The Flag

The Story of Revd David Railton MC and the Tomb of the Unknown Warrior

Andrew Richards

While a chaplain to British units on the Western Front, David Railton carried a flag that served as both altar cloth and shroud for the dead. Traumatised by his experiences, it was his idea to bring home an unidentified soldier to be buried in Westminster Abbey.
Publication date:
November 2017
Publisher :
Casemate UK
Language:
English
Illustration :
16 pages of photos
Format Available     Quantity Price
Hardback
ISBN : 9781612004471
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£20.00
Unfortunately, due to sales rights restrictions, we cannot offer The Flag for sale in your country.

Overview
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• The horror and pain witnessed by chaplain David Railton on the Western front led him to the idea for the Tomb of the Unknown Warrior
• This is not only a moving story of one man's experience of WWI, but offers a unique perspective on the experiences of British soldiers on the Western Front and the chaplains who went right into battle to support and sustain soldiers surrounded by death
• The Tomb of the Unknown Warrior is a well-known landmark in Westminster Abbey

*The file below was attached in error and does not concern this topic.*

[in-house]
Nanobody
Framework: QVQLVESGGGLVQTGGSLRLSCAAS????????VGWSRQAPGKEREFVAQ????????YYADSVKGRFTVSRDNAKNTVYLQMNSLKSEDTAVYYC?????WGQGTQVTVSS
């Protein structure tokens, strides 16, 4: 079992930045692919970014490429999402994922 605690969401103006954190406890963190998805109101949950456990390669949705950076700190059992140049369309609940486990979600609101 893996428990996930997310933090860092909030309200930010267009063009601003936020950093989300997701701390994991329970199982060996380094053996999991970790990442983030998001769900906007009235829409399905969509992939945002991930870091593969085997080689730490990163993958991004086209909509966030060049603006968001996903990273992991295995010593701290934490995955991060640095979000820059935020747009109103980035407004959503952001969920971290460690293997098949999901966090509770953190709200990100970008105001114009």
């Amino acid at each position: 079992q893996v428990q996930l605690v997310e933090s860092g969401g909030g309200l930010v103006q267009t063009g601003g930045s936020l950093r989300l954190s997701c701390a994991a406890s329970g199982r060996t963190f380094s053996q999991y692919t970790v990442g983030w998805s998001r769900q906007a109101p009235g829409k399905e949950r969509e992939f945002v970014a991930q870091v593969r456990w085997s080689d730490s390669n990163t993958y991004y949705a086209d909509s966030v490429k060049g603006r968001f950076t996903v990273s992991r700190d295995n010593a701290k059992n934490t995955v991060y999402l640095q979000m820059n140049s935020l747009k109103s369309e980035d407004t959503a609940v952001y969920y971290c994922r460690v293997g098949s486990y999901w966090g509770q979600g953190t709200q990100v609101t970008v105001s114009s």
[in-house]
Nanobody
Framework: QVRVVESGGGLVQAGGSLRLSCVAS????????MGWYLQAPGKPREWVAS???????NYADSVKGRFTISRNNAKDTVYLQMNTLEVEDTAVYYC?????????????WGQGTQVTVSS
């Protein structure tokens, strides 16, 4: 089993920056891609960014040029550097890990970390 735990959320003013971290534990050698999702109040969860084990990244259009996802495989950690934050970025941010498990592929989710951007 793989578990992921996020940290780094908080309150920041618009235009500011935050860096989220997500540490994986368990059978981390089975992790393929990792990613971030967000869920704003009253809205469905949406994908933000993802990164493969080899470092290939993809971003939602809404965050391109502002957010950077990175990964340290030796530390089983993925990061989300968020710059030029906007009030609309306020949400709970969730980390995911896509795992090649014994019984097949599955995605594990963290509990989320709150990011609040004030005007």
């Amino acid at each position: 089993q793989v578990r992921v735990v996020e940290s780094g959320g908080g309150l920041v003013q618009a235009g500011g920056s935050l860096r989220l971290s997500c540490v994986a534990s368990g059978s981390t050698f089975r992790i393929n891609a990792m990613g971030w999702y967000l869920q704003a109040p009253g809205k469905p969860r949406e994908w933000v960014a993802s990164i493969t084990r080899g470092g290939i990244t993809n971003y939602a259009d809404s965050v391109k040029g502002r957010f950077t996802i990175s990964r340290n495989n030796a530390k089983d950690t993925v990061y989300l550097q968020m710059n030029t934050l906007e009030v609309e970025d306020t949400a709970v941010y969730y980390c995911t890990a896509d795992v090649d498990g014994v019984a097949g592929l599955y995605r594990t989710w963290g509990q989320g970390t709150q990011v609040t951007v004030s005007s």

• This book explains how the idea came out of Railton's traumatic experiences on the Western Front, and how he made his idea become reality
• The account includes excerpts from the letters Railton wrote from the front
• Foreword written by the Dean of Westminster The Very Reverend Dr John Hall, Chaplain to Queen Elizabeth II

Reverend David Railton MC served as a chaplain on the Western Front during World War I. Attached to three divisions between 1916 and 1918, Railton supported the soldiers in their worst moments, he buried the fallen, comforted the wounded, wrote to the families of the missing and killed, and helped the survivors to remember and mark the loss of their comrades so that they were able to carry on. He was with his men at many battles, including High Wood, the Aisne and Passchendaele; he received the Military Cross for rescuing an officer and two men under heavy fire on the Somme.





It was Railton's idea to bring home the body of an unidentified fallen comrade from the battlefields to be buried in Westminster Abbey, and on Armistice Day 1920, his flag covered the coffin as the Unknown Warrior was laid to rest with full honours.





Although suffering from Post Traumatic Stress Disorder, he returned to work as a parish priest in Margate, where he took particular interest in supporting ex-servicemen who had returned home to the aftermath of a terrible war and crippling unemployment.





While the story of the Tomb of the Unknown Warrior has been told before, this is the first book to explore David Railton's life and war, and of ‘the padre's flag' he used as an altar cloth and shroud throughout the war. The flag was consecrated a year after the burial of the Unknown Warrior and hangs in Westminster Abbey to this day. This book explains how the idea came out of Railton's traumatic experiences on the Western front, and how he made his idea become reality, drawing on his letters and unpublished papers.